- Part 1: overview
- Part 2: data architecture
- Part 3: scalability
- Part 4: reliability
- Part 5: security
- Part 6: integration
For mission-critical Enterprise applications, Reliability is an absolutely requirement. In-memory processing and data-flows should not stop, and should guarantee processing of all data. In many cases it is also imperative that results are generated once-and-only-once, even in the case of failure and recovery. If you are doing distributed in-memory of processing, data will be partitioned over many nodes. If a single node fails, the system not only needs to pick up from where it left off, it also needs to repartition over remaining nodes, recover state, and know what results have been written where.
On the data ingest side, we use a checkpointing mechanism for reliability. In general, there are two different approaches to reliability in a distributed in-memory architecture:
- continuous journaling and state transfer
- periodic checkpointing and reply
In the first case, every time something changes, you log what changed, and then you transfer those logs to another machine so you have at least two copies of those logs. Then, if something fails, you can restart from the logs. You can reload state, windows state, or other query state into memory.
We didn’t go this route. Instead we implemented a periodic checkpointing approach. We keep track of all the events that we process and how far they got down various data pipelines. If something fails, we know what the last known good state was, and what position we need to recover from.
The biggest issue we had to solve related to windows. If you have defined data windows (for example, the last five minutes), how do you reload those windows so that they are in a consistent state when you start up? You can’t just say, “start from where you left off” because that will yield an empty data window. You don’t have the last five minutes worth of data, and your results are going to be incorrect. What you need to do is rewind sources on failure. Rewind to a position so that it will start and fill up all those windows in the right place, and then you start your processing. This problem is even more difficult in the case of cascading windows.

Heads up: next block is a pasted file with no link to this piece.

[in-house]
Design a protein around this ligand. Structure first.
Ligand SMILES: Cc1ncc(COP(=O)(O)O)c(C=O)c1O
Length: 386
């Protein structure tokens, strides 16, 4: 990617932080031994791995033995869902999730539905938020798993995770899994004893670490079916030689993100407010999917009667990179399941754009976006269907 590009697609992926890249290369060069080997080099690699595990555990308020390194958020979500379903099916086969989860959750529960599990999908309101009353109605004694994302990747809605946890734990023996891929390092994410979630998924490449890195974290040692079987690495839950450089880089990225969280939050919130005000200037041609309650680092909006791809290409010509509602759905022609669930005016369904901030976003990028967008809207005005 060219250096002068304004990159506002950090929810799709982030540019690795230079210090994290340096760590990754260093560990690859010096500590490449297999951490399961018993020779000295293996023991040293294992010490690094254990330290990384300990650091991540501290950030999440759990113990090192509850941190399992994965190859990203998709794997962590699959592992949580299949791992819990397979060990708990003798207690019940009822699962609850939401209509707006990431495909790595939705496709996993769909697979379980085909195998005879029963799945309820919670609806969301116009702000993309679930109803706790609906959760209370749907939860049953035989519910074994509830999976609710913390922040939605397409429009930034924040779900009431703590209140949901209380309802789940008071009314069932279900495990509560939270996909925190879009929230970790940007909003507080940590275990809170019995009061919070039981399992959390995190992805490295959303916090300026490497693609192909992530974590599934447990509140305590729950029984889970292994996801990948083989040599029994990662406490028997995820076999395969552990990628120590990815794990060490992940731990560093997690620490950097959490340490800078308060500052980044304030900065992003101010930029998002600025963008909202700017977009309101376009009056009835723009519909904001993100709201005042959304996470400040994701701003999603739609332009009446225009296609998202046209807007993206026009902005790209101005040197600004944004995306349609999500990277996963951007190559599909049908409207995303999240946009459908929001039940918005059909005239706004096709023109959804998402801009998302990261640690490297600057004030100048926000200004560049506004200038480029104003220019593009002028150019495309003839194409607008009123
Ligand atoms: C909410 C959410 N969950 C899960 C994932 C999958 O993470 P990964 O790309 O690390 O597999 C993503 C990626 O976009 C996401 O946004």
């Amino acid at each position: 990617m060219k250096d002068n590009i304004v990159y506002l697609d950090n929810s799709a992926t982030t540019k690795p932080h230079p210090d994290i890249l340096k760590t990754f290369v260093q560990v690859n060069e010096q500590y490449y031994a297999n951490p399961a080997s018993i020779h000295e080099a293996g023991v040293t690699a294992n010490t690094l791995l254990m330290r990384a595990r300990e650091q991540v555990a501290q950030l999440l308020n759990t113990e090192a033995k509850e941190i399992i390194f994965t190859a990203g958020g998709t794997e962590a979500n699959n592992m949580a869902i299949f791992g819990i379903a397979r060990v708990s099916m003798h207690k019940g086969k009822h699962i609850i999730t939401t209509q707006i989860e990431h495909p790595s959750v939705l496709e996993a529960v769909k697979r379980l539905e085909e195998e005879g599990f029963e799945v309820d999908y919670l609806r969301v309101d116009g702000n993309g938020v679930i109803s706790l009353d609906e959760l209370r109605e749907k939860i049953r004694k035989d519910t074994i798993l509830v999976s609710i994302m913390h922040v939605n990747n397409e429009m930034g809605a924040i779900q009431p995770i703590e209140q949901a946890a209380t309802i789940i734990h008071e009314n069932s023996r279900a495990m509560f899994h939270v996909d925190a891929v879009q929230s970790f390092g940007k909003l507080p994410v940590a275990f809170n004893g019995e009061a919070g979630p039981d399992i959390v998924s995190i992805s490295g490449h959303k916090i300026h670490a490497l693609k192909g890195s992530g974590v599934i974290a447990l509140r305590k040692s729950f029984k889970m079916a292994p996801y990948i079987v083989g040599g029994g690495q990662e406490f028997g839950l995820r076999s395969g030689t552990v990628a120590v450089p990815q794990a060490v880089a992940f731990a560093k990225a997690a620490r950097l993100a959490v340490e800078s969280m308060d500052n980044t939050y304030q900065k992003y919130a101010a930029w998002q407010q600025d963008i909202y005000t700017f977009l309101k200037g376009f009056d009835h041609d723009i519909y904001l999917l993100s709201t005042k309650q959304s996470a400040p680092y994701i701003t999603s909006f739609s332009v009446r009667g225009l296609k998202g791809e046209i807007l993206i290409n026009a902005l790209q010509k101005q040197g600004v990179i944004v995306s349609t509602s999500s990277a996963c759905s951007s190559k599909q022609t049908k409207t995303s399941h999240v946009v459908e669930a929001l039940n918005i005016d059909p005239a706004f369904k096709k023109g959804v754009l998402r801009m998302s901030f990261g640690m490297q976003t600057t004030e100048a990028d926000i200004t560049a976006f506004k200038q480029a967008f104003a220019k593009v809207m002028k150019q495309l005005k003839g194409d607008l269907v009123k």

A lot of the data sources that we support, especially file-based sources, support replaying of data. You can easily rewind to a point in a file and start from that point and play on. With Change Data Capture (CDC), another technology we use, you can rewind the database logs and replay from a certain point.
However, there are whole categories of sources that are non-rewindable, the main one being sensors. If they are continually pushing data out over TCP / UDP / MQTT / HTTP or AMQP, you can’t call back to all those sensors and say “hey sensors, send me all your data again for last five minutes.” First, you can’t talk to them in that way and, second, they probably no longer have that data to send.